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KAIST Develops Advanced Reflective Displays
Reflective Display Tech
KAIST Develops Advanced Reflective Displays
  • By matthew
  • May 8, 2014, 08:39
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Pixelated inverse opals with red, green, and blue colors were prepared by hybridizing convective assembly of colloidal particles and photolithography techniques. This hybridized method provides a general means to create multi‐colored photonic crystals.
Pixelated inverse opals with red, green, and blue colors were prepared by hybridizing convective assembly of colloidal particles and photolithography techniques. This hybridized method provides a general means to create multi‐colored photonic crystals.

 

The Korea Advanced Institute of Science and Technology (KAIST) announced on May 7 that its research team formerly led by the late biomolecular engineering professor Yang Seung-man developed a photolithography-based micro-patterning technique which can accelerate the commercialization of photonic crystals.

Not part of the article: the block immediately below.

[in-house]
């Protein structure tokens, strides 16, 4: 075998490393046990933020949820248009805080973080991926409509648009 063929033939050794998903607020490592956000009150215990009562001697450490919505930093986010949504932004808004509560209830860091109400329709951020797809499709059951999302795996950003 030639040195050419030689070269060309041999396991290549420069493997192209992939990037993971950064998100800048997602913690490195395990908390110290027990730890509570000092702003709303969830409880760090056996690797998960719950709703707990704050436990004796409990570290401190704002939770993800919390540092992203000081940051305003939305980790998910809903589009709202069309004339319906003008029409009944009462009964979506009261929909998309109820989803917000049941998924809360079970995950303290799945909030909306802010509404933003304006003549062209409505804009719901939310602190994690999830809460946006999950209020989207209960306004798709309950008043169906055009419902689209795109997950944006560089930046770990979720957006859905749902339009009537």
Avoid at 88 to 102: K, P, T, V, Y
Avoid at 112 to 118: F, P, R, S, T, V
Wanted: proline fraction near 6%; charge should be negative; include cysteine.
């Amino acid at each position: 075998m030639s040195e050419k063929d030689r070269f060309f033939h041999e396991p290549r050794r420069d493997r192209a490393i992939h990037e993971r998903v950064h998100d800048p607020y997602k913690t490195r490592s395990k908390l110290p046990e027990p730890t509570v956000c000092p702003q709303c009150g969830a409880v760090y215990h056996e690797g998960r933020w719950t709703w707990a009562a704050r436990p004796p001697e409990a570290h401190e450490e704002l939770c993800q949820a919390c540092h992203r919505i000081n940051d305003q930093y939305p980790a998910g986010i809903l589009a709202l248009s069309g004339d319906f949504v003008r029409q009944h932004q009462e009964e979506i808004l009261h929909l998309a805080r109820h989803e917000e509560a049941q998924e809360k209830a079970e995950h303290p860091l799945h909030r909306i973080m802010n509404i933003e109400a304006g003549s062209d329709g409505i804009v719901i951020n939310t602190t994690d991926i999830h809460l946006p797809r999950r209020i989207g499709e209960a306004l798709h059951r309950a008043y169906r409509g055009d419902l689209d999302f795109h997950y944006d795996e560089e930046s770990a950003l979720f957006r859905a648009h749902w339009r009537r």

The photonic crystal pattern developed at this time is a key material for next-generation reflective displays and allows images to be viewed clearly even under sunlight. It uses no additional light sources at all, and thus can be used for days after one full charge.

“When semiconductor processing techniques are combined with this photonic crystal patterning technique, an earlier-than-expected commercialization of photonic crystals will be ensured,” said KAIST biomolecular engineering professor Kim Shin-hyeon, co-author of the research. He continued, “Then, it will be used as a core optical material constituting advanced reflective color display devices with extremely low power consumption.”

The research results were published in the April 16 edition of Advanced Materials, a renowned scientific journal covering materials science.